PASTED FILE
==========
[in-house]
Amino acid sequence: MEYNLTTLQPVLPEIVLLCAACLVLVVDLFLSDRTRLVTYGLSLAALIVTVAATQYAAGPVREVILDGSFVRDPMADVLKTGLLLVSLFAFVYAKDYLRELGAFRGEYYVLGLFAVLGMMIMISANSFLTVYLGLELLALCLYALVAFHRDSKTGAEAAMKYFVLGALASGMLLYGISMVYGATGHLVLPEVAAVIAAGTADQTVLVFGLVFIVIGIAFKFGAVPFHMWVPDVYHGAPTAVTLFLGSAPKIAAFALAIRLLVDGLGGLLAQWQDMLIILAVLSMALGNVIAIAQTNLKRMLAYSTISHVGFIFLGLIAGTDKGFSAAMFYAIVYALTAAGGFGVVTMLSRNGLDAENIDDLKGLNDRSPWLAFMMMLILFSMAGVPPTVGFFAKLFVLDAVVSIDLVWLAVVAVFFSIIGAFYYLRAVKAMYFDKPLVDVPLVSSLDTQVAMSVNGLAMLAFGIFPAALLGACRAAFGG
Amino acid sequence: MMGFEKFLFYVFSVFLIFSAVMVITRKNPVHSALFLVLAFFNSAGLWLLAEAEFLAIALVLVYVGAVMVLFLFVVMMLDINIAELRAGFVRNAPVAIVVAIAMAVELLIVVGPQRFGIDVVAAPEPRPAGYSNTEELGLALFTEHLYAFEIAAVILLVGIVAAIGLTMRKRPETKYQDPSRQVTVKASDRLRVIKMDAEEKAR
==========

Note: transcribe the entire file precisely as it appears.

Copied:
[in-house]
Amino acid sequence: MEYNLTTLQPVLPEIVLLCAACLVLVVDLFLSDRTRLVTYGLSLAALIVTVAATQYAAGPVREVILDGSFVRDPMADVLKTGLLLVSLFAFVYAKDYLRELGAFRGEYYVLGLFAVLGMMIMISANSFLTVYLGLELLALCLYALVAFHRDSKTGAEAAMKYFVLGALASGMLLYGISMVYGATGHLVLPEVAAVIAAGTADQTVLVFGLVFIVIGIAFKFGAVPFHMWVPDVYHGAPTAVTLFLGSAPKIAAFALAIRLLVDGLGGLLAQWQDMLIILAVLSMALGNVIAIAQTNLKRMLAYSTISHVGFIFLGLIAGTDKGFSAAMFYAIVYALTAAGGFGVVTMLSRNGLDAENIDDLKGLNDRSPWLAFMMMLILFSMAGVPPTVGFFAKLFVLDAVVSIDLVWLAVVAVFFSIIGAFYYLRAVKAMYFDKPLVDVPLVSSLDTQVAMSVNGLAMLAFGIFPAALLGACRAAFGG
Amino acid sequence: MMGFEKFLFYVFSVFLIFSAVMVITRKNPVHSALFLVLAFFNSAGLWLLAEAEFLAIALVLVYVGAVMVLFLFVVMMLDINIAELRAGFVRNAPVAIVVAIAMAVELLIVVGPQRFGIDVVAAPEPRPAGYSNTEELGLALFTEHLYAFEIAAVILLVGIVAAIGLTMRKRPETKYQDPSRQVTVKASDRLRVIKMDAEEKAR